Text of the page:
The staff began to knit those seniors together. Employees launched several social initiatives, including regular field trips, the telephone call line and a friend-to-friend home visitation program. They also started a balance-and-gait exercise class because a fear of falling was one of the biggest concerns about living alone.
“We found people were hungry for interaction,” says Laura Diepenbrock, LIFE program manager. “The neighbors now not only know one another, they can rely on one another in case of emergencies. It’s really neighbor helping neighbor.”
The model is efficient and cost-effective.
“Maybe all you need is someone to come to the house three hours a day to help with a bath and meal preparation,” she says. “That is appealing to people. They decide what they need and how much they want. Feeling in control of the world is one of the best goals.”
Keeping LIFE going
Park LA BREA seniors have grown attached to their program. When it briefly lost its federal funding last year, members worked together to save it, says Sally Miller, 75, a LIFE member who also volunteers in the office. They wrote to lawmakers and sold note cards decorated with their own artwork to raise money. The program survived and has received a fresh infusion of federal funding.
“People feel even more ownership of the program now,” Miller says.
Park La Brea has changed because of the program, she says.
“This is a big community,” she says. “It’s easy to be isolated. This program has brought us a new sense of community and connectedness. You walk around and see people you never would have known if it were not for the program. Before, you might only know a neighbor or two.”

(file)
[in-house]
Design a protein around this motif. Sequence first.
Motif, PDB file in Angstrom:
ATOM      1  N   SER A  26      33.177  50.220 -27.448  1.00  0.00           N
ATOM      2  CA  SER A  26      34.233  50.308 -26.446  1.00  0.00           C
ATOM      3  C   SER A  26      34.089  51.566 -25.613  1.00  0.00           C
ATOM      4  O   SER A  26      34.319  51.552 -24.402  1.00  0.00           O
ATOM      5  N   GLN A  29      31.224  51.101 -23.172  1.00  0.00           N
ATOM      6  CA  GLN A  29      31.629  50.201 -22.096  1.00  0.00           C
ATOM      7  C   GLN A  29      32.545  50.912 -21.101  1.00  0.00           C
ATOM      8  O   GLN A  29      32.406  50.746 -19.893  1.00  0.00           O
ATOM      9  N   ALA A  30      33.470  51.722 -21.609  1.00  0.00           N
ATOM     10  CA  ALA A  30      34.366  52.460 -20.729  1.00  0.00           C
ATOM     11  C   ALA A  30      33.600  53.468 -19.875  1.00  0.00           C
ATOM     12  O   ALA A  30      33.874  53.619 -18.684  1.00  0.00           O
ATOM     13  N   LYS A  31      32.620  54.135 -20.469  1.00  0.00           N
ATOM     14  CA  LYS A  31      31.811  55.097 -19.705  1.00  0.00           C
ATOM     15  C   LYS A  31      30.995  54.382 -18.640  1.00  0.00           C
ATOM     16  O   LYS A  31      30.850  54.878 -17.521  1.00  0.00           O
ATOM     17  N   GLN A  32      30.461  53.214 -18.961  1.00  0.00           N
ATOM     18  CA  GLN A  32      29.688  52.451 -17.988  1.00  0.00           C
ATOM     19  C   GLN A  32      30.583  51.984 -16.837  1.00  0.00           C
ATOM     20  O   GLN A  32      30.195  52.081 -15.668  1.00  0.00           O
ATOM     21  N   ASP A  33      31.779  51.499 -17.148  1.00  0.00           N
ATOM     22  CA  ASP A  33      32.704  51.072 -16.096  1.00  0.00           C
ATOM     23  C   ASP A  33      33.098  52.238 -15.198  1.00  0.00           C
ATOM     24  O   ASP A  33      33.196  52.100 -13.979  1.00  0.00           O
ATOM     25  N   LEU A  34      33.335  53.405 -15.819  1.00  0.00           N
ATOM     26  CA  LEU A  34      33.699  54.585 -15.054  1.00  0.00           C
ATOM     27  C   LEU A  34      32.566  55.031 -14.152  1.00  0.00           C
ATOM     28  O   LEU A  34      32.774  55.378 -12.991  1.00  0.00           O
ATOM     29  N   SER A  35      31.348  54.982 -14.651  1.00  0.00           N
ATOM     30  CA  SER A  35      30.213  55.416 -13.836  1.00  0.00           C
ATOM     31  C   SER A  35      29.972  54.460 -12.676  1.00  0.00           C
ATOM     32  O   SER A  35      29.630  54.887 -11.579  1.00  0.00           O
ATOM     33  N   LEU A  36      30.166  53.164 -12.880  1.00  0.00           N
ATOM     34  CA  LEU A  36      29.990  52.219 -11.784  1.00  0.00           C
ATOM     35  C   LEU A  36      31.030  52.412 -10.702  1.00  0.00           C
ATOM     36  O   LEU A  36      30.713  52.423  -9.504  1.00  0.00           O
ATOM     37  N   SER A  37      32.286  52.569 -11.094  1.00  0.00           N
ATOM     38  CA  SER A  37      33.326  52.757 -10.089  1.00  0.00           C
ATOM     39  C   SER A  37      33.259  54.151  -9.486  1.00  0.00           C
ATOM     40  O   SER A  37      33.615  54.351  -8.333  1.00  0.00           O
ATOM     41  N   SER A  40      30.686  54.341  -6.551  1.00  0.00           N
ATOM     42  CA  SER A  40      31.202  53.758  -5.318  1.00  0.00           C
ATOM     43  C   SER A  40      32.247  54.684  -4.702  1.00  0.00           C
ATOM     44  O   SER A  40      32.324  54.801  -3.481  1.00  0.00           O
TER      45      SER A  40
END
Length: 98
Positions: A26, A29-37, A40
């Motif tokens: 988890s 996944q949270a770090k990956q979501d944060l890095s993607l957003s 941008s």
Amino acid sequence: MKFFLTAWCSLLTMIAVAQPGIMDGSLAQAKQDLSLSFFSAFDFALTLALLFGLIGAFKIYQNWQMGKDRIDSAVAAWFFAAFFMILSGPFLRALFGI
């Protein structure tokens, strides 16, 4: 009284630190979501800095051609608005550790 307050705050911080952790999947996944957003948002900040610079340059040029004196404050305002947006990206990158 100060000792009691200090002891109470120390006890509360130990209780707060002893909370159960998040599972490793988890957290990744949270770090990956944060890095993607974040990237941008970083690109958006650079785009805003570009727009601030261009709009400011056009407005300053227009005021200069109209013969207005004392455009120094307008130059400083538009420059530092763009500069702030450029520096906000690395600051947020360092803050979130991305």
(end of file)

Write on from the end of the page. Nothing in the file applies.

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The cost of care
Older adults may save money by remaining in their own homes as they age. The following statistics show average costs for various types of care.
* Average national cost per year of private-room nursing-home care: $77,745*
* Average national base rate per year of assisted-living care: $35,628**
* Average cost per year of one hour per day of home healthcare provided by a licensed practical nurse: $13,468***
* Average cost per year of one hour per day of care provided by a home health aide: $6,916***
*Average nursing home costs in Southern California are closer to $100,000 per year.
**As much as several hundred dollars per month may be added for such services as diabetic care, medication management or additional meals.
***For total costs under these scenarios, housing and living expenses should be factored in.
Source: MetLife, AARP